Hi Yakuda – only I am allowed to post pics directly on my blog, but your link is fine 🙂 Your watch is a women’s model, which was known in Japan as a ‘Cosmostar Date’. Yours is an export model since the dial isn’t marked with that name, and is marked ‘waterproof’ rather than ‘parawater’. The ‘waterproof’ mark tells us it was not made later than about 1972 or 1973, so the serial number gives a production date of November, 1969 (‘911’). The 6600 21 jewel hand winding high best movement in these is a real gem, running at 28,800 beats per hour, it has a smoothly sweeping second hand and is capable of very accurate time-keeping.

      Stephen

  88. yakuda15 says:

    Why I can’t see my post?

    • sweephand says:

      Hi Yakuda – thanks for visiting my blog. Since this is a blog, not a forum where people have to sign up to the rules and register, I have to approve first comments before they appear, so there can be a delay sometimes.

      Stephen

  89. Bert says:

    Hi Kelvin, i’m interesested in your watch too !!! ⌚️
    All the best, Bert

    • Kelvin says:

      Hi Bert.
      I will sell the watch as my family have now decided they will let me!
      Trusted buyers only, no eBay/Paypal nonsense.
      Value?
      Open to genuine offers, plus shipping.

  90. Louis says:

    Hi can you please tell me how old is the citizen 62-5213 automatic 4-540077 T i got it from my grand Farther after he past away and would like to know more about it
    Thanks

    • sweephand says:

      Hi Louis, thanks for visiting my blog. Your watch is from the late 1960s. Is there a serial number on the back? If so it will probably have be an 8 figure number. We can date it exactly from that.

      Stephen

  91. David Reith says:

    Hi, really enjoyed reading the blog. Never realized that Citizen had so many cool vintage watches. I have a Citizen Automatic with 21 jewels. it has a greenish gold face with date only. There are no numbers on the face. Just raised gold blocks. The watch is rectangular with a round face. Around the edges on the back, it says Water Resistant, Citizen, Automatic. The back face has the following: CGP, 6000, 4-600657Y, 40902067, 62-6465. On the metal band on the end of the clasp there is an owl stamped into the metal. The watch is working but after running 13 hours it is 35 minutes fast. Any information you can share is appreciated. The watch was found in a box after a family member passed and nobody knows anything about it.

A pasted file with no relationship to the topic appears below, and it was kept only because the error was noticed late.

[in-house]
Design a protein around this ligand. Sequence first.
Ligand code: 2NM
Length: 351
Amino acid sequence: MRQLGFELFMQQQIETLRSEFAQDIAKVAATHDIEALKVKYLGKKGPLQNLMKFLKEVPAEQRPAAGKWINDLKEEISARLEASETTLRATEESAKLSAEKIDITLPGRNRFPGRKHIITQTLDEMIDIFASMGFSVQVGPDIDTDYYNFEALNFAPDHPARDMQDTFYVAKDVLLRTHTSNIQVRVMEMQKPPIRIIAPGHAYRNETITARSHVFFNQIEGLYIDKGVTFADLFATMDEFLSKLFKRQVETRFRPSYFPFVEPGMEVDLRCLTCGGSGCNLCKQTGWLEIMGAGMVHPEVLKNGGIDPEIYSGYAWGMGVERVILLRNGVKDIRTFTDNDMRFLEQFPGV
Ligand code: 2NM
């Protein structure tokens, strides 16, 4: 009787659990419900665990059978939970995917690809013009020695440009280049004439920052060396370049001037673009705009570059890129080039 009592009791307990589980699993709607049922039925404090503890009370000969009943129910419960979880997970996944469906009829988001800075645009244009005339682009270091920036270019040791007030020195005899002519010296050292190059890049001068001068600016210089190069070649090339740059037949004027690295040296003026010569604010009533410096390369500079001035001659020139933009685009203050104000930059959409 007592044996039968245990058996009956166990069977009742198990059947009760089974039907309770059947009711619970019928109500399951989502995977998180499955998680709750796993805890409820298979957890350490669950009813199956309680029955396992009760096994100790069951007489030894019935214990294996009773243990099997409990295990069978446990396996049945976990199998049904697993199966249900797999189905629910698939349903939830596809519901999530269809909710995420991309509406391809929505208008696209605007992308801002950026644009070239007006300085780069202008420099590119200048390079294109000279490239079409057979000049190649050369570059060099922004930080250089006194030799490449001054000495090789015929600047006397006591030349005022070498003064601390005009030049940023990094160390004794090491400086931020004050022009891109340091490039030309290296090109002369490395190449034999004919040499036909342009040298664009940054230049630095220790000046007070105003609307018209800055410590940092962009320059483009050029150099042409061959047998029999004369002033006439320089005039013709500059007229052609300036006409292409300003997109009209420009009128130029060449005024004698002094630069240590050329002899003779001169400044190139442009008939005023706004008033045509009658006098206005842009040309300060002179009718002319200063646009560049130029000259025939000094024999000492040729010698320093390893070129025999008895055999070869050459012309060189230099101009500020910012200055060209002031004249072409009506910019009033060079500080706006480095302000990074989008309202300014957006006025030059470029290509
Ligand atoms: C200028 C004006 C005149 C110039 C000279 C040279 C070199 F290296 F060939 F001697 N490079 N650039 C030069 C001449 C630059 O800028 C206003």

• sweephand says:

      Hi David – thanks for visiting my blog, and glad that you have enjoyed it 🙂

      Your watch has the 6000 (date only) movement inside, which is a very nice calibre produced in the early 1970s. 4-600657 is the case number, also indicating a 6000 movement, and 62-6465 is the model number. Again, ’62’ was used for 6000 movement models. CGP tells us that the case is gold plated. The first three figures in the serial number – 40902067 – tell us that it was made in September 1974. I’m not sure about the ‘owl’ motif on the clasp, so that sounds like it is a placement for the original bracelet or strap. These movements run at 21,600 beats per hour, and in good condition they are reliable and accurate. Since the watch is running, it may just need a thorough clean and service to sort it out – dried up old oil may be causing the fast running. Although this is not a particularly valuable model, if it has sentimental value then a service may well get it back in good order and capable of use as a daily or occasional wearer. You would need to find a watchmaker who is familiar with vintage mechanical watches to ensure it is looked after properly.

      Stephen

    • David Reith says:

      Thanks for the quick reply. I will look into taking it to a qualified watchmaker. Since the value is sentimental I will not feel bad about changing the band and enjoying the watch as one of my daily wearers.

  92. Johan says:

    Hi!
    Very interesting blog!
    I just took out two old Citizen watches from a drawer and now I am thinking of if I should start to use them again.